Bengaluru: The BBMP, all set to become a ‘zero-waste’ campus, wants other government and private offices, colleges and apartments to emulate its model and take care of their waste. The BBMP will soon write letters requesting all of them to make their campuses zero-waste. Offering an incentive, Mayor Gangambike said that the Palike will take steps to waive off ‘solid waste management cess’ if these campuses achieve the landmark.
Giving an example, she said that when the BWSSB started pushing for rainwater harvesting, it first set up such structures at prominent government buildings, like the Vidhana Souda.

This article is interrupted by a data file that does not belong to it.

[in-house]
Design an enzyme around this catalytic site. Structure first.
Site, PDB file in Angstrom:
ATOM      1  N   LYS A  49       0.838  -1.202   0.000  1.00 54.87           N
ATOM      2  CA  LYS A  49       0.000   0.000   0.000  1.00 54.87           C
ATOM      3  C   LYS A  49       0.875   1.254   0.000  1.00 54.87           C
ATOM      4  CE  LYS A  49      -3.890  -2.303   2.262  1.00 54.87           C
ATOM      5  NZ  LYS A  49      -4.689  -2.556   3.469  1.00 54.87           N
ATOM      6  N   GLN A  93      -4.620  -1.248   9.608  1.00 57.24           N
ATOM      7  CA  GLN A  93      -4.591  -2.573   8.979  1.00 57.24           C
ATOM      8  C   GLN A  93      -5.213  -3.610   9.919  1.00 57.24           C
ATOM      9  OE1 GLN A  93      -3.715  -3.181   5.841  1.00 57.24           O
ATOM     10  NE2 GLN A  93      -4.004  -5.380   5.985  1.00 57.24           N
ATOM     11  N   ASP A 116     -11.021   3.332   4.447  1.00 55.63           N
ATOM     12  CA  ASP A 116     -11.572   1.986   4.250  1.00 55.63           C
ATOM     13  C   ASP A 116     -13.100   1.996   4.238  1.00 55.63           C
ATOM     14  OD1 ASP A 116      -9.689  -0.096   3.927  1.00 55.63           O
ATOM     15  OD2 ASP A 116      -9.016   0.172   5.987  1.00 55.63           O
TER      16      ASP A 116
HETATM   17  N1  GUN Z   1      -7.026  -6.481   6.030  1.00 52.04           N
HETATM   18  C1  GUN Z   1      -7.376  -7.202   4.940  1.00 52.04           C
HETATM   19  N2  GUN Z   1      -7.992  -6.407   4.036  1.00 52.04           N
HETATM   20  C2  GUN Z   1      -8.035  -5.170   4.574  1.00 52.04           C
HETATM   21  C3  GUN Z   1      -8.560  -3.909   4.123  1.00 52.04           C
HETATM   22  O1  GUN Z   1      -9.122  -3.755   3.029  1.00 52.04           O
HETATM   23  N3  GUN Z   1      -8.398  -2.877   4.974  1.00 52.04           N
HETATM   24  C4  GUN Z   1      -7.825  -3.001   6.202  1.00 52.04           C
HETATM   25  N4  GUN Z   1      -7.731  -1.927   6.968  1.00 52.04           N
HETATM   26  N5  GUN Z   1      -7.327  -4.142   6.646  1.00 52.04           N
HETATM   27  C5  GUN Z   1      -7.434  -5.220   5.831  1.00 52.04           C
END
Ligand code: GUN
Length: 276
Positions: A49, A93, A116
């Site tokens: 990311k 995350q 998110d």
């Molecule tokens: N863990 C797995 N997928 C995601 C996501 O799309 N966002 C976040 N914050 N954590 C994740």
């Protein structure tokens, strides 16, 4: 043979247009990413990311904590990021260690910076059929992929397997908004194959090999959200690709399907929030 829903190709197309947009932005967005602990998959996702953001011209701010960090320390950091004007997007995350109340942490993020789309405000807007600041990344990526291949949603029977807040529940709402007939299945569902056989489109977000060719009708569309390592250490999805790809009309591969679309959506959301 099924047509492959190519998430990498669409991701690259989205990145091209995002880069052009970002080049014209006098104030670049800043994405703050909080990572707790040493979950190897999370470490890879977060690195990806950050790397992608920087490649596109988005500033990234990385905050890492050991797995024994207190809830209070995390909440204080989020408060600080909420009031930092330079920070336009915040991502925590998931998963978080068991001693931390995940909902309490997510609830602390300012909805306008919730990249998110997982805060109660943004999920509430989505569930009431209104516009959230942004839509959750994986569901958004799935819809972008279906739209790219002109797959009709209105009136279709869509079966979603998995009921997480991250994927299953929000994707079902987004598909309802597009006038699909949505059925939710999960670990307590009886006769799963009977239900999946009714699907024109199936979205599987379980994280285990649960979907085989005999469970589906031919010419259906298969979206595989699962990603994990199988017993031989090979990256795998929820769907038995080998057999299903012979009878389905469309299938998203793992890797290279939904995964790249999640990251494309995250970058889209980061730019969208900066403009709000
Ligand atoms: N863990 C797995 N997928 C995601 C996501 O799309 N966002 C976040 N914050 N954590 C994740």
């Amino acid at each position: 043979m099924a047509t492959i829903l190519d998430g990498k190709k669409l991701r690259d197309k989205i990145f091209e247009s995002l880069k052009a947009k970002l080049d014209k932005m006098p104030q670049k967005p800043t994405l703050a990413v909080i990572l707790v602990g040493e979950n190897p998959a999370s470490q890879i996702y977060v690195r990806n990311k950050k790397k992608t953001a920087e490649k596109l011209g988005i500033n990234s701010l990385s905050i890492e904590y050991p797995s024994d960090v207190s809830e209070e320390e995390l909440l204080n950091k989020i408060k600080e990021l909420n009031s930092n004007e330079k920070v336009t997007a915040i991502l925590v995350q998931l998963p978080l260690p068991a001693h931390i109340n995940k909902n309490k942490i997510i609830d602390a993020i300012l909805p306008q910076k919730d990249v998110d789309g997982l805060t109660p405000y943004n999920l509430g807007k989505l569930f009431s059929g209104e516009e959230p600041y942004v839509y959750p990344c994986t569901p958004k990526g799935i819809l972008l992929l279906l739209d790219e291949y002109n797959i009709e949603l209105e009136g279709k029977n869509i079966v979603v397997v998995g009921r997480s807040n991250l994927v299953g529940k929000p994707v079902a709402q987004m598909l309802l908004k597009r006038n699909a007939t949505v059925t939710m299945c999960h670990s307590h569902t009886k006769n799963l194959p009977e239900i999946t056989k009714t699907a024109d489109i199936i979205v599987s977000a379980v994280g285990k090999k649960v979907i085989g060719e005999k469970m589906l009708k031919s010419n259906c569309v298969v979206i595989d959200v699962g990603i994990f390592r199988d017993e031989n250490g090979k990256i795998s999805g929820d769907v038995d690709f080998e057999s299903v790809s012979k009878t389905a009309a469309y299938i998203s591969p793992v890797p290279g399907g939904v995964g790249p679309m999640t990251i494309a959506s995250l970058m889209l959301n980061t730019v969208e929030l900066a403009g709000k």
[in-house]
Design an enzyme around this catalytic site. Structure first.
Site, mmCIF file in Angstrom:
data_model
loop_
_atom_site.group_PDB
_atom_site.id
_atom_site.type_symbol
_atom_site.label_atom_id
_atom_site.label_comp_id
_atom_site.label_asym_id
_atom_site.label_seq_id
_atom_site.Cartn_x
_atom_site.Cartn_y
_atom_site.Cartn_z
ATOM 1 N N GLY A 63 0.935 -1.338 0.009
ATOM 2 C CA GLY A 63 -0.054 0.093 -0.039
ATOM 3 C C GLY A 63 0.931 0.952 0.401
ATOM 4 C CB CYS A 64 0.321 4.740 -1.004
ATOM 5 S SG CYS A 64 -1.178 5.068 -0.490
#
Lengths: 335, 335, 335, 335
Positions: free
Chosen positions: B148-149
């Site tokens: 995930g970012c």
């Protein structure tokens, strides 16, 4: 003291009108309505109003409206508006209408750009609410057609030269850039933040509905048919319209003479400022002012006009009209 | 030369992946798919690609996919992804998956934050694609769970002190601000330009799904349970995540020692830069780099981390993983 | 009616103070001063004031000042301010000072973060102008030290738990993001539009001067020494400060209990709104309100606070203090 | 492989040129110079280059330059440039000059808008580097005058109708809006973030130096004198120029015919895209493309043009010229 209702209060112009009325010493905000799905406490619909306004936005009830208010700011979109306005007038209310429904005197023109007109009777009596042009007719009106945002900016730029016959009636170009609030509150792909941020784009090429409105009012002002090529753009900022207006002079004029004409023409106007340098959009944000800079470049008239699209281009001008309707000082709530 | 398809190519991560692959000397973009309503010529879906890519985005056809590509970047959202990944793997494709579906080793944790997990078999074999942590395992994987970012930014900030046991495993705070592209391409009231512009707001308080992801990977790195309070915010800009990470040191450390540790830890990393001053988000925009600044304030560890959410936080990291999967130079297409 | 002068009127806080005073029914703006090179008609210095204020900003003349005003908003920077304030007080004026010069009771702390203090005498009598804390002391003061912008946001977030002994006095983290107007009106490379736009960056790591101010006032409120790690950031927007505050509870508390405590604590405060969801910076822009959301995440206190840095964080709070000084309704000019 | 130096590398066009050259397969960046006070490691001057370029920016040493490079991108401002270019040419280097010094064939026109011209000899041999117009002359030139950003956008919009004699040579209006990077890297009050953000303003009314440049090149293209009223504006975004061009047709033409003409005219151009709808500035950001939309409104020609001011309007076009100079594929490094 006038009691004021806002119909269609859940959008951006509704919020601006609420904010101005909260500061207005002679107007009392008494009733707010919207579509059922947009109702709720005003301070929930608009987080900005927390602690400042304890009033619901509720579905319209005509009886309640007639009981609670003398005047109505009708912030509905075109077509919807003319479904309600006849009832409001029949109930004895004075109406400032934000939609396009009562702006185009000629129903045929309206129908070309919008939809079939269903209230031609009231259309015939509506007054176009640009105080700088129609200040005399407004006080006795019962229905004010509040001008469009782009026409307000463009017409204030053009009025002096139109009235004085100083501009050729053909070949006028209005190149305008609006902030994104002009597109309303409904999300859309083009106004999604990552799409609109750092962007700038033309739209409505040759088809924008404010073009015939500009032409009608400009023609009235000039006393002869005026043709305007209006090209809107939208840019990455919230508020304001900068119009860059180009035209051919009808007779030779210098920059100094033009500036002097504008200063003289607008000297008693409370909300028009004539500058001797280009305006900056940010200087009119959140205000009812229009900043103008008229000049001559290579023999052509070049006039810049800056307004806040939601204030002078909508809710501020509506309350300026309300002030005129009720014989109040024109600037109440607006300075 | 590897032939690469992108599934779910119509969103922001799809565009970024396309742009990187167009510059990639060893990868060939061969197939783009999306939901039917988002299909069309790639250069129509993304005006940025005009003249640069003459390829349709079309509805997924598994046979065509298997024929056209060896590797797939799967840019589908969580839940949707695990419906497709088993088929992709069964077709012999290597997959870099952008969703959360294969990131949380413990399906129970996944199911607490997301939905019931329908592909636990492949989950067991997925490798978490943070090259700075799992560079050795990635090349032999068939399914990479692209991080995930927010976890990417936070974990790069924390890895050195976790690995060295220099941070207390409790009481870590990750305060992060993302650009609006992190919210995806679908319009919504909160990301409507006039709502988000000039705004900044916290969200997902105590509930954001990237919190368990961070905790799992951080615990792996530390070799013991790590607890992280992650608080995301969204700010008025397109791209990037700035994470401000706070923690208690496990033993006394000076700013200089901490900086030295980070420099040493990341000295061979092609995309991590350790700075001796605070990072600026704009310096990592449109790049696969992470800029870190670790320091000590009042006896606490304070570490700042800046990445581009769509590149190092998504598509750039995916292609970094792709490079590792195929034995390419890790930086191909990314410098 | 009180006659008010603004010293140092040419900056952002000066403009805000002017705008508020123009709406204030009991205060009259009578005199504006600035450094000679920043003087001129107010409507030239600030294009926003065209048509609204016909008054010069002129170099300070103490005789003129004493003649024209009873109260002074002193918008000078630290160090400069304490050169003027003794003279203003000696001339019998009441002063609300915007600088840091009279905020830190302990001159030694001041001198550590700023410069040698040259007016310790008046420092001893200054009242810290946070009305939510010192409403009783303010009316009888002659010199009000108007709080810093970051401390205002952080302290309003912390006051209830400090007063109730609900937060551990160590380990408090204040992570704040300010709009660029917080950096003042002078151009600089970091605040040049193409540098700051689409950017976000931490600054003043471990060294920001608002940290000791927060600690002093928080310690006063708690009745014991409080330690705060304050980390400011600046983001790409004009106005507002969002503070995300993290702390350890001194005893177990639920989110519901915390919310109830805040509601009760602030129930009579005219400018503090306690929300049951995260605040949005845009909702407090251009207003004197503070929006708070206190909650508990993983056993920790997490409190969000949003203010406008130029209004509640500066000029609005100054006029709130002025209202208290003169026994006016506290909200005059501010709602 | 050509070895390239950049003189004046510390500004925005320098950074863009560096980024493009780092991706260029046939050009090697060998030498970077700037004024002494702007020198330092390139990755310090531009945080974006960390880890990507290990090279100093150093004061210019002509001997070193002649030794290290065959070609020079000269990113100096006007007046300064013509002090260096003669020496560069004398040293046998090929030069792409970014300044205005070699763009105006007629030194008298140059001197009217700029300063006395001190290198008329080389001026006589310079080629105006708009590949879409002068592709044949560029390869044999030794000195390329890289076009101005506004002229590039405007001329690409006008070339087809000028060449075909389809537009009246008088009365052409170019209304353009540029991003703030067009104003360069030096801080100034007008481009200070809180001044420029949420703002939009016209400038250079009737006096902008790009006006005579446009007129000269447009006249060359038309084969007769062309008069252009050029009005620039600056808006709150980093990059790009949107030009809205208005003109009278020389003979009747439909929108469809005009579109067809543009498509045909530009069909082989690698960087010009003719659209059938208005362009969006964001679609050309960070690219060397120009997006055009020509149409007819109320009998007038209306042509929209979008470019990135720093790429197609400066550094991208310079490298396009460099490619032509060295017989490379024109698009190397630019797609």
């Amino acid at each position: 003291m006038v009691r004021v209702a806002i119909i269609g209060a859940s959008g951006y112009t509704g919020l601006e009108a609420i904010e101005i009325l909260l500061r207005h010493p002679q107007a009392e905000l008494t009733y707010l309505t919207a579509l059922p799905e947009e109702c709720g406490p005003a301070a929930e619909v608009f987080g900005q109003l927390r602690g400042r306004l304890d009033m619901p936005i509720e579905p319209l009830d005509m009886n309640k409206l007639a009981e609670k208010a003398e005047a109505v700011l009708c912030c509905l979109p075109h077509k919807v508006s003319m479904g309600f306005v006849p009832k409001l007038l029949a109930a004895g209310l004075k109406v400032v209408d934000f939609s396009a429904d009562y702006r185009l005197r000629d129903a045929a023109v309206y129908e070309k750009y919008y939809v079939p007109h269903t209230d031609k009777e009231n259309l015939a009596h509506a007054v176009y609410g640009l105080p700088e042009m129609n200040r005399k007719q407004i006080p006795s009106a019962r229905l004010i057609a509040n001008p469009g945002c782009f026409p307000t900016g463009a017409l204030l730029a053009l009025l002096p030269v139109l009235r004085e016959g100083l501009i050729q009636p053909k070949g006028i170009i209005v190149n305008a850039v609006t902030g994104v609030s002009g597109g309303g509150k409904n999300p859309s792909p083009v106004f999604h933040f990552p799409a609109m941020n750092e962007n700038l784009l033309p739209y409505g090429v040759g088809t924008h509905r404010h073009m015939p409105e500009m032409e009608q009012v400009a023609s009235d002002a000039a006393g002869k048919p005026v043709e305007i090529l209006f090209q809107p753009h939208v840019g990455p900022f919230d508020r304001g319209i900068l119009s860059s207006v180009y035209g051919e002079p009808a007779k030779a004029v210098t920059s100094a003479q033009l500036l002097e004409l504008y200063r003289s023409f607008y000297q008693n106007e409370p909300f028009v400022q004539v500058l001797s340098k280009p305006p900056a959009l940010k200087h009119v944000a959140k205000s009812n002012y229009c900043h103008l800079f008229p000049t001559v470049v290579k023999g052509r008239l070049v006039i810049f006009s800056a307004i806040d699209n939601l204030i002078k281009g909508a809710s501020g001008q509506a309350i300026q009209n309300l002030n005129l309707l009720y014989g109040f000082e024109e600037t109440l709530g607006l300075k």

Before preaching others, the BBMP wanted to set an example by managing its garbage and not sending any waste to processing plants or landfills, she said.
“A lot of money is spent on transporting garbage. If government offices and big campuses don’t send waste out of their campuses, we can bring in a big change. This not only reduces the burden on processing plants and landfills, but also gives us valuable compost,” she explained.
She said that going zero-waste is not expensive. “At the BBMP head office, we have installed two composting bins with a capacity of 35kg and it cost us around Rs 35,000 per bin. Big campuses – both government and private – can afford this,” she said.
“Mr Manjunath Prasad (BBMP Commissioner) and I will be shortly writing to big establishments about the zero-waste concept and popularise it,” she said....